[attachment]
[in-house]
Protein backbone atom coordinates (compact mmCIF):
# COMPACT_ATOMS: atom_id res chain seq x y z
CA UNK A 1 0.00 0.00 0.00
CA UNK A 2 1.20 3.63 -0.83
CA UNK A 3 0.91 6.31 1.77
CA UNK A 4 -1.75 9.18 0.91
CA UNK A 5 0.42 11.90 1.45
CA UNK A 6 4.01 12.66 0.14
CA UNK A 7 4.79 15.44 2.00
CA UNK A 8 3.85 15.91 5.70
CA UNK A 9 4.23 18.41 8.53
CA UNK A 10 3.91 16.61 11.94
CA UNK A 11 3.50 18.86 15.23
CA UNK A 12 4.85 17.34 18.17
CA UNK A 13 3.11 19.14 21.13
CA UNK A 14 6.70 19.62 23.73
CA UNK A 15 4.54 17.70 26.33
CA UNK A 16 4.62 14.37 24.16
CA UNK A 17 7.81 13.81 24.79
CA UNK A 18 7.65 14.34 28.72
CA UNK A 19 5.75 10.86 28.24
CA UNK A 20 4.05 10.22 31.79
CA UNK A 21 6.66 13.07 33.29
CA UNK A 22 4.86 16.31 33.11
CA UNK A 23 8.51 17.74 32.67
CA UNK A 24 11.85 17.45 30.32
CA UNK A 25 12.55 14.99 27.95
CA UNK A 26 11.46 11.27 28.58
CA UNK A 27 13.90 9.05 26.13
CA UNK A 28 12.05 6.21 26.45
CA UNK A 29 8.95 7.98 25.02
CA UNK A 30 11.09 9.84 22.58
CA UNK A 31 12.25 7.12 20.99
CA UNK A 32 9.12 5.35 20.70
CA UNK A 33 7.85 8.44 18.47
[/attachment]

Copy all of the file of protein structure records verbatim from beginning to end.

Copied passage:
[in-house]
Protein backbone atom coordinates (compact mmCIF):
# COMPACT_ATOMS: atom_id res chain seq x y z
CA UNK A 1 0.00 0.00 0.00
CA UNK A 2 1.20 3.63 -0.83
CA UNK A 3 0.91 6.31 1.77
CA UNK A 4 -1.75 9.18 0.91
CA UNK A 5 0.42 11.90 1.45
CA UNK A 6 4.01 12.66 0.14
CA UNK A 7 4.79 15.44 2.00
CA UNK A 8 3.85 15.91 5.70
CA UNK A 9 4.23 18.41 8.53
CA UNK A 10 3.91 16.61 11.94
CA UNK A 11 3.50 18.86 15.23
CA UNK A 12 4.85 17.34 18.17
CA UNK A 13 3.11 19.14 21.13
CA UNK A 14 6.70 19.62 23.73
CA UNK A 15 4.54 17.70 26.33
CA UNK A 16 4.62 14.37 24.16
CA UNK A 17 7.81 13.81 24.79
CA UNK A 18 7.65 14.34 28.72
CA UNK A 19 5.75 10.86 28.24
CA UNK A 20 4.05 10.22 31.79
CA UNK A 21 6.66 13.07 33.29
CA UNK A 22 4.86 16.31 33.11
CA UNK A 23 8.51 17.74 32.67
CA UNK A 24 11.85 17.45 30.32
CA UNK A 25 12.55 14.99 27.95
CA UNK A 26 11.46 11.27 28.58
CA UNK A 27 13.90 9.05 26.13
CA UNK A 28 12.05 6.21 26.45
CA UNK A 29 8.95 7.98 25.02
CA UNK A 30 11.09 9.84 22.58
CA UNK A 31 12.25 7.12 20.99
CA UNK A 32 9.12 5.35 20.70
CA UNK A 33 7.85 8.44 18.47